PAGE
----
Dollar near three-week high as thaw in risk aversion lifts yields
By Shinichi Saoshiro TOKYO (Reuters) - The dollar held near a three-week high on Tuesday, as expectations global economies would unleash fresh stimulus and an improvement in appetite for riskier assets lifted yields on U.S. government bonds. Yields on benchmark U.S
By Shinichi Saoshiro
TOKYO (Reuters) - The dollar held near a three-week high on Tuesday, as expectations global economies would unleash fresh stimulus and an improvement in appetite for riskier assets lifted yields on U.S. government bonds.
Yields on benchmark U.S. Treasuries pulled away from three-year lows as investors tip-toed back into riskier assets, lured by hopes for stimulus in major economies such as Germany and China, which eased more recent global recession fears.
Investor focus on Tuesday will shift to the first setting of China's new lending benchmark under its recent interest rate reforms, due at 0100 GMT.[nL4N25F0F6]
Risk appetite in global markets has been boosted this week by the prospect of Germany ditching its balanced budget rule to boost spending and China's interest rate reform plan, which is expected to lower corporate borrowing costs.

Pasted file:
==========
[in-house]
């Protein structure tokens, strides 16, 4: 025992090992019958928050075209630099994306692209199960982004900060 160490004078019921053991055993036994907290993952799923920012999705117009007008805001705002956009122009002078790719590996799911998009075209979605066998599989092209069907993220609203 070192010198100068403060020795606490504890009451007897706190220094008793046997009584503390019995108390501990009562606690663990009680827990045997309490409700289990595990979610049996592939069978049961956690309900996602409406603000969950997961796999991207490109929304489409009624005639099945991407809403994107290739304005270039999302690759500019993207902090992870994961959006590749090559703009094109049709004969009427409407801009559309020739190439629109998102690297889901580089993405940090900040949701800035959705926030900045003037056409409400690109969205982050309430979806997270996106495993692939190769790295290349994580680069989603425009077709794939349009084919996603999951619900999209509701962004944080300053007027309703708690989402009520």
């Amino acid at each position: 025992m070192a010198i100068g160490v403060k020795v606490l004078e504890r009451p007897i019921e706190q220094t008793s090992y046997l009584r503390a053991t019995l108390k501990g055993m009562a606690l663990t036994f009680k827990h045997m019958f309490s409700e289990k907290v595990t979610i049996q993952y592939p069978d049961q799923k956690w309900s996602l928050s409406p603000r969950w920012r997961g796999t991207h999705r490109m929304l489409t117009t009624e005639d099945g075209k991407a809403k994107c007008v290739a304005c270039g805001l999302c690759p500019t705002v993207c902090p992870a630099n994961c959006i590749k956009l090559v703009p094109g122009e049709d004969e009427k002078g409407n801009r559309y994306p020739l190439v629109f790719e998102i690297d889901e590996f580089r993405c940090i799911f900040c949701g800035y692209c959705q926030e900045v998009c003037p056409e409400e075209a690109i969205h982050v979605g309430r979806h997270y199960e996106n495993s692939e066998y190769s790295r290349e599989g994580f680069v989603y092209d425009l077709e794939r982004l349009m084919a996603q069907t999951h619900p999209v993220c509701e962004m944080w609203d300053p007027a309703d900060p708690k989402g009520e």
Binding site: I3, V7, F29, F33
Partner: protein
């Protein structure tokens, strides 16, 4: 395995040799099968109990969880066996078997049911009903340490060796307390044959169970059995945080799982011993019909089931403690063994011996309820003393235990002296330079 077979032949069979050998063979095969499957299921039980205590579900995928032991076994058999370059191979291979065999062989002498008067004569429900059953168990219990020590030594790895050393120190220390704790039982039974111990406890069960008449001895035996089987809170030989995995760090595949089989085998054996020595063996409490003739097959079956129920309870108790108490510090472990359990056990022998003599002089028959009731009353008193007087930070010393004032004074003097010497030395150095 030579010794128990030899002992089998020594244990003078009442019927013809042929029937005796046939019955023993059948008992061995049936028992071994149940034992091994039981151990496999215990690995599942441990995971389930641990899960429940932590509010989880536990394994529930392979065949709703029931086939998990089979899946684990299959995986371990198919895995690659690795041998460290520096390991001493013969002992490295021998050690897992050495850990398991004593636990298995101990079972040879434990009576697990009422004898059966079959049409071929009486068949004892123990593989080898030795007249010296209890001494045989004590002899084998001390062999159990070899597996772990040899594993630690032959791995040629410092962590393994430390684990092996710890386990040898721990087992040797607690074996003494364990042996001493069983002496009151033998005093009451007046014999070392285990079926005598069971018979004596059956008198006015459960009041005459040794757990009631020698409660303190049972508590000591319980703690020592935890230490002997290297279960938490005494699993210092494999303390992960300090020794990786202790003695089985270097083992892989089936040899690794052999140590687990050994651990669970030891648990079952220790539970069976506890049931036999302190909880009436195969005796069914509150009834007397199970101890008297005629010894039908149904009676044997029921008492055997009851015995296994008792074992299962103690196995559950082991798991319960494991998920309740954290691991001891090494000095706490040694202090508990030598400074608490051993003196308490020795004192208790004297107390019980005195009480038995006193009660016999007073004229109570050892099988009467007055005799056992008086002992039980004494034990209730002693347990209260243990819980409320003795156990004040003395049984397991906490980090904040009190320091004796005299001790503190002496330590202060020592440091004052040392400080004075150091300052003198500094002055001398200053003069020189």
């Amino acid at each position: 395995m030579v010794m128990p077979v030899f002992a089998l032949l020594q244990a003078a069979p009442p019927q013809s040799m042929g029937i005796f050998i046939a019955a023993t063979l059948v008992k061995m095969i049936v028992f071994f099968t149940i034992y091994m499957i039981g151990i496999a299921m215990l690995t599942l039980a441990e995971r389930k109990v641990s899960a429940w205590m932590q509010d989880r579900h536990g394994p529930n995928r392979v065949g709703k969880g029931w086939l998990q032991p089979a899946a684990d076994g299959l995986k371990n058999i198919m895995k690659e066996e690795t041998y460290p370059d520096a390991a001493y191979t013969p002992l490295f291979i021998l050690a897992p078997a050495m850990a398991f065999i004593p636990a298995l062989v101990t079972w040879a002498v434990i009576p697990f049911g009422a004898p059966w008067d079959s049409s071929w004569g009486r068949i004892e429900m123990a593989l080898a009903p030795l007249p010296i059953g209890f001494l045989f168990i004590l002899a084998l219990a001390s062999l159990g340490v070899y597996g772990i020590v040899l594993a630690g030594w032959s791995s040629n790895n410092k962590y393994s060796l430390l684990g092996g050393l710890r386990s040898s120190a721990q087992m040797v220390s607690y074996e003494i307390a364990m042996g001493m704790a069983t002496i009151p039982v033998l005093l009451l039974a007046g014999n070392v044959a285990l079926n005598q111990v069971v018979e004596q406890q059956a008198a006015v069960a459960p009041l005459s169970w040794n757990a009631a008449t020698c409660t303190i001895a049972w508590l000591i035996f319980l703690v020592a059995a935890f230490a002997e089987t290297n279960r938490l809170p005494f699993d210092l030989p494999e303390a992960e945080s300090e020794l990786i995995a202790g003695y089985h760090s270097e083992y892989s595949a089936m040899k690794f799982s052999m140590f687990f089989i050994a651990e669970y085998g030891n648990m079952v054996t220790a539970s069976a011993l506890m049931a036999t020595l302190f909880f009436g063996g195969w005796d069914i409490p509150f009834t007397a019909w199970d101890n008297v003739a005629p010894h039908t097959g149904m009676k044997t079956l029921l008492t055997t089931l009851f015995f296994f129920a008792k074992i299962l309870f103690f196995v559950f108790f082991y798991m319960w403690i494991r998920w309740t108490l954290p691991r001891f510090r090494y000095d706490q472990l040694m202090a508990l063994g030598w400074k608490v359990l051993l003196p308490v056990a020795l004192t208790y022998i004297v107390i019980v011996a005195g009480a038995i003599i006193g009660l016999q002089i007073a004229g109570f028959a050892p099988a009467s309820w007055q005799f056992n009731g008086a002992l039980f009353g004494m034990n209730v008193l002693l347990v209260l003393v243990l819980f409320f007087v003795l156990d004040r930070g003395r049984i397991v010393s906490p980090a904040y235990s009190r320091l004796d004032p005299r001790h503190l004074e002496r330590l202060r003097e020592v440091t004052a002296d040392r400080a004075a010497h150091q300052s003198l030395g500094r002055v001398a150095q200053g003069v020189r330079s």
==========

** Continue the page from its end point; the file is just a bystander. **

"The dollar is higher across the board, tracking the rebound in yields. The prospect of Germany embarking on stimulus was the turning point and the dollar has regained momentum since," said Yukio Ishizuki, senior currency strategist at Daiwa Securities.
The greenback traded little changed at 106.620 yen
Against the Swiss franc, a currency sought in times of market turmoil and political tensions along with the yen, the dollar hovered near a two-week high of 0.9820 franc
The euro was flat at $1.1081, caught near a two-week trough of $1.1066 set on Friday.
The Australian dollar
Market focus will shift to the annual symposium of global central bankers starting on Friday at Jackson Hole, Wyoming.
Particular focus will centre on Fed Chairman Jerome Powell's comments on monetary policy at a time when investors widely expect the Fed to cut rates again at its next meeting in September.
"A series of further rate cuts by the Fed has already been priced into the dollar. So the currency could gain a fresh boost if Powell shows any hints of dovishness and clouds rate cut prospects," Ishizuki at Daiwa Securities said.
(Reporting by Shinichi Saoshiro; Editing by Sam Holmes)
This story has not been edited by Firstpost staff and is generated by auto-feed.
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